Toughie 1562 – Big Dave's Crossword Blog
View closed comments 

Toughie 1562

Toughie No 1562 by Shamus

Hints and tips by Bufo

+ – + – + – + – + – + – + – +

BD Rating – Difficulty **/***Enjoyment ***

I was surprised how quickly I finished this one. I was expecting a much stiffer challenge and thought that the 4- and 5-letter words might hold me up at the end. But they didn’t and the only problems I had was in convincing myself that a couple of the definitions worked

Please leave a comment telling us what you thought. You can also add your assessment by selecting from one to five stars at the bottom of the post.

Across

1a    Dismiss / contract (5)
CATCH: 2 meanings: dismiss a batsman at cricket/contract a disease

4a    A quiet lecturer in break getting hand (8)
APPLAUSE: A + a letter denoting ‘quiet’ + a letter denoting ‘lecturer’ inside a short break

10a    Dictator promoting new prejudice mostly in African country (7)
NAMIBIA: The surname of a one-time dictator from Uganda with the letter N (new) moved to the front + ‘prejudice’ with the last letter removed

11a    Withdrawn figure in park by lake before exercise (7)
RECLUSE: A park (such as the Red one near Coronation Street) + L (lake) + ‘to exercise’

12a    God near house on a regular basis (4)
EROS: Alternate letters of nEaR hOuSe

13a    Allow master in entrance of mine (5)
ADMIT: M (master) inside an opening or passage leading into a mine

14a    Absolutely impartial magistrate ditching formality (4)
JUST: Take a 7-letter word for a magistrate and remove a 3-letter word meaning ‘formality’ from the end

17a    Piece of ground 50 in labour left as cover for retirement (9,5)
PATCHWORK QUILT: A piece of ground (5) + L (50) inside ‘labour’ (4) and ‘left (or departed)’ (4) = something which covers you in bed

19a    Risk cab averted, manoeuvring for unreliable motorist? (8,6)
BACKSEAT DRIVER: An anagram (manoeuvring) of RISK CAB AVERTED

22a    Grim condo urgently blocked (4)
DOUR: Hidden (blocked) in conDO URgently

23a    Dim pretence, we hear (5)
FAINT: A homophone of a pretence (or a deceptive movement in fencing or boxing)

24a    Problem produced by decline around November (4)
SNAG: ‘To decline’ round N (November)

27a    Long to import complete ornament (7)
PENDANT: ‘To long’ round ‘to complete’ = a hanging ornament worn round the neck

28a    Patron, maybe, with exotic tones in headwear (7)
STETSON: An abbreviation for a patron such as George, David, Andrew or Patrick + an anagram (exotic) of TONES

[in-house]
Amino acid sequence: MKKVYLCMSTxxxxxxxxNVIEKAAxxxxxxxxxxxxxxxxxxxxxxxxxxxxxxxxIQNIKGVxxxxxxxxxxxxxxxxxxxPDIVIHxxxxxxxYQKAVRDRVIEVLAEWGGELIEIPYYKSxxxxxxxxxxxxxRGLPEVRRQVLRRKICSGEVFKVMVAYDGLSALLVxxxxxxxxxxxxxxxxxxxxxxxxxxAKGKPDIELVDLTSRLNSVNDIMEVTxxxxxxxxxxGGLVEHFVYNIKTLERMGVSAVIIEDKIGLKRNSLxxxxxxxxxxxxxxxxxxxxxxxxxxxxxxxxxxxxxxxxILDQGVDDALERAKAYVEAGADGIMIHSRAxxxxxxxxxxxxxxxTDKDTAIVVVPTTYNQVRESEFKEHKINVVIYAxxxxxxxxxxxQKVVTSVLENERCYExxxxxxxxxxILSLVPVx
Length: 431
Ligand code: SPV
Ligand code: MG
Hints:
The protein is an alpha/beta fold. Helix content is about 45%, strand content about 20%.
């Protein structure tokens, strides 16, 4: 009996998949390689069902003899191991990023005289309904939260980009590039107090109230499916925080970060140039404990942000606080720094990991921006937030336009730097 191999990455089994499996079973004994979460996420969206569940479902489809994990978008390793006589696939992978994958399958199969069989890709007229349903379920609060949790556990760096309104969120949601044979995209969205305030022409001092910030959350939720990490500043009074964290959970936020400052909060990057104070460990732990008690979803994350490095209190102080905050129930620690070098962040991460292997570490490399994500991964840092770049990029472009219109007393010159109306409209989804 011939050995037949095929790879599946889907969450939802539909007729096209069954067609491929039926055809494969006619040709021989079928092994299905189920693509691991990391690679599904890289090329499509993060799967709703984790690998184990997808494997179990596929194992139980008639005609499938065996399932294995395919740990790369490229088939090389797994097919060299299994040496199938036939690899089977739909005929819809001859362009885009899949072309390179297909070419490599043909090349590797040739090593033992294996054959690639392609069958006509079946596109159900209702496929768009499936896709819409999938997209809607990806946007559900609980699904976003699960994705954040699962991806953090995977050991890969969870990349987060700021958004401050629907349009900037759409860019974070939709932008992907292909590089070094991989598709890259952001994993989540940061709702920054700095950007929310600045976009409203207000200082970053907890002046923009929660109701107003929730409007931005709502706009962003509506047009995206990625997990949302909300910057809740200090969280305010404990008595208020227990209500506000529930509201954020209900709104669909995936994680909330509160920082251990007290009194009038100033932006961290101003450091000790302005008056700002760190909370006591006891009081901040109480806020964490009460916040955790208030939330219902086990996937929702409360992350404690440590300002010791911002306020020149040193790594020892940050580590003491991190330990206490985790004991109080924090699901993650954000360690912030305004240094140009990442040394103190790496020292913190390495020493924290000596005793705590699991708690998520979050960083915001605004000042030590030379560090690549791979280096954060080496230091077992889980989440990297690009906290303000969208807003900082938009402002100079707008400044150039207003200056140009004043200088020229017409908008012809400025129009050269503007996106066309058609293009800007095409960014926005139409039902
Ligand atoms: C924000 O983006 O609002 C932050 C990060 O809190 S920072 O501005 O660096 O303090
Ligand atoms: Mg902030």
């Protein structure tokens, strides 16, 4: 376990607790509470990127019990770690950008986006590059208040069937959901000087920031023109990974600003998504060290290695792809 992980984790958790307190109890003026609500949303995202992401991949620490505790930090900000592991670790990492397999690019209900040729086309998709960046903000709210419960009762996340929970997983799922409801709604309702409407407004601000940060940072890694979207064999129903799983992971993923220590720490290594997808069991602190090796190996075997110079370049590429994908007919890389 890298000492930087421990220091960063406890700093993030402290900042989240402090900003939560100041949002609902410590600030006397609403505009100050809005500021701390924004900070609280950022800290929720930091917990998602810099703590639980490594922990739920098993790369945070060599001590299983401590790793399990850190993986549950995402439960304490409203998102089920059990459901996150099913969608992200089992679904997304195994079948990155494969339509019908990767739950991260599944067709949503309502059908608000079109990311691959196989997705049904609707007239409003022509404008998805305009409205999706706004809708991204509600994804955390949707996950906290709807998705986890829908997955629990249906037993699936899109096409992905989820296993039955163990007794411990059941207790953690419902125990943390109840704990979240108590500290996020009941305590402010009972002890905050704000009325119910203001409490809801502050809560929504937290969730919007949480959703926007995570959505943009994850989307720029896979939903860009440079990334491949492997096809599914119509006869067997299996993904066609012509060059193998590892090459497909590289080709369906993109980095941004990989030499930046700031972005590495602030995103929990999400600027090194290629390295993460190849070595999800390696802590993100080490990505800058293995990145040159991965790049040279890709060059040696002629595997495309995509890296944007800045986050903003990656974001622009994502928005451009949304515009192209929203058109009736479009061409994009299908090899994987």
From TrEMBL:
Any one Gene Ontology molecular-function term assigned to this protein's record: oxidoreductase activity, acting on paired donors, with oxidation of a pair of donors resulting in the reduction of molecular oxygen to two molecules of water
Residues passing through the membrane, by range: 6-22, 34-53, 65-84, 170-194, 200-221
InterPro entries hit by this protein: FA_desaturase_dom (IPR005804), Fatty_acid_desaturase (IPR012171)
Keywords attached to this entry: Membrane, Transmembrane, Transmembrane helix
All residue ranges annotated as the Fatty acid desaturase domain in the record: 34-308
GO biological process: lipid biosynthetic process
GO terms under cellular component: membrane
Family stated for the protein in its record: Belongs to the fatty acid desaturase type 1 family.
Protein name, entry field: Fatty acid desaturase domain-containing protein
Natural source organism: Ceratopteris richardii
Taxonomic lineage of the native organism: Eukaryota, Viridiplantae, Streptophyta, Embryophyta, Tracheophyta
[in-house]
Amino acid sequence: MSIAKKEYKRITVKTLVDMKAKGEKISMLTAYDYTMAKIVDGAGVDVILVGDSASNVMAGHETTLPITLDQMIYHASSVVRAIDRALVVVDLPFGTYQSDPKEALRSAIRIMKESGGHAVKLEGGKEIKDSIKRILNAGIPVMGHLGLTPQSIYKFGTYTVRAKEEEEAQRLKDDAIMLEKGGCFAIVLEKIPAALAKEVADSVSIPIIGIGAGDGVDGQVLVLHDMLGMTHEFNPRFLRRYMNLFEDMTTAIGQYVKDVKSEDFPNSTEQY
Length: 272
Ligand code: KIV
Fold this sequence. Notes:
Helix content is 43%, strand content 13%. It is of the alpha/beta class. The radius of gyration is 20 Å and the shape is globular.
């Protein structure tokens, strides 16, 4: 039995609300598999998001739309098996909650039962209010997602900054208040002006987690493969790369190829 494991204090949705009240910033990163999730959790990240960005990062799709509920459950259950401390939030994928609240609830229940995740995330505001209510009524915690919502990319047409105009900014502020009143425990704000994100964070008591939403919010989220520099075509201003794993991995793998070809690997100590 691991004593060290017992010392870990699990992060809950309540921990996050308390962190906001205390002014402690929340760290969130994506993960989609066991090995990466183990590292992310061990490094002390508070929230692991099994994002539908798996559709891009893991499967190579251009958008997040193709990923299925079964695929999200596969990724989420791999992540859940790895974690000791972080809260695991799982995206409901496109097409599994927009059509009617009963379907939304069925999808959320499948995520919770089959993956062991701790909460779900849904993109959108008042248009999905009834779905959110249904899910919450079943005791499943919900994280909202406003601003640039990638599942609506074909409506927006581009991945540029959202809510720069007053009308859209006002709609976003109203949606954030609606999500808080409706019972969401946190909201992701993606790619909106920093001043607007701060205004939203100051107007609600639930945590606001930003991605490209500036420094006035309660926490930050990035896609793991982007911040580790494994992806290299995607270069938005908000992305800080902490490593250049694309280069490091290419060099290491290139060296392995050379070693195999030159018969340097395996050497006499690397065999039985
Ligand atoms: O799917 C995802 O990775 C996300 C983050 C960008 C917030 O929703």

29a    Shortly straying around Eastern drinking establishment (8)
HOSTELRY: An anagram (shortly) of SHORTLY round E (Eastern)

30a    Parking on country road put back as a punishment? (5)
PENAL: P (parking) + a reversal of a country road

Down

1d    One inside to invite scorn (8)
CONTEMPT: One inside a jail + ‘to invite’

2d    US magazine published in period off work (4,3)
TIME OUT: A US magazine followed by a three-letter word meaning published

3d    Rustic old tramp (4)
HOBO: A rustic + O (old) = a tramp (especially in North America)

5d    Sense nitpicker deployed? (14)
PERNICKETINESS: An anagram (deployed) of SENSE NITPICKER. The whole clue acts as a definition for this state of being over-particular about unimportant details

6d    Scottish landscape feature is close reportedly (4)
LOCH: A homophone of ‘to close and fasten securely’

7d    A learner trailing students in two universities? That’s odd (7)
UNUSUAL: A student organisation inside UU (two universities) + A + L (learner)

8d    Athletic competition like two triathlons principally (5)
EVENT: ‘Like two (or four or six or eight, etc.) + T (first letter of Triathlon)

9d    Theatrical employee taking charge on very hot day carrying decoration (8,6)
WARDROBE MASTER: A charge (or a person in someone’s care) (4) + a very hot day (7) round the abbreviation for a British medal (3)

15d    Unnerve Arab ruler in audience (5)
SHAKE: A homophone of an Arab chief

16d    Hot dish made from scratch (5)
CURRY: 2 meanings: a hot dish/to scratch (with a type of comb?)

18d    Marked individual at home in capital in middle of cold (8)
ORIGINAL: ‘At home’ inside the capital of Latvia inside the middle two letters of cOLd

20d    Foreign character in a slum disturbed old boy (7)
ALUMNUS: A Greek letter inside an anagram (disturbed) of A SLUM

21d    Meat put in oven is onus (7)
VENISON: Hidden in oVEN IS ONus

22d    Diamonds — what about part, inmost part? (5)
DEPTH: D (diamonds) + ‘What?’ round an abbreviated form of ‘part’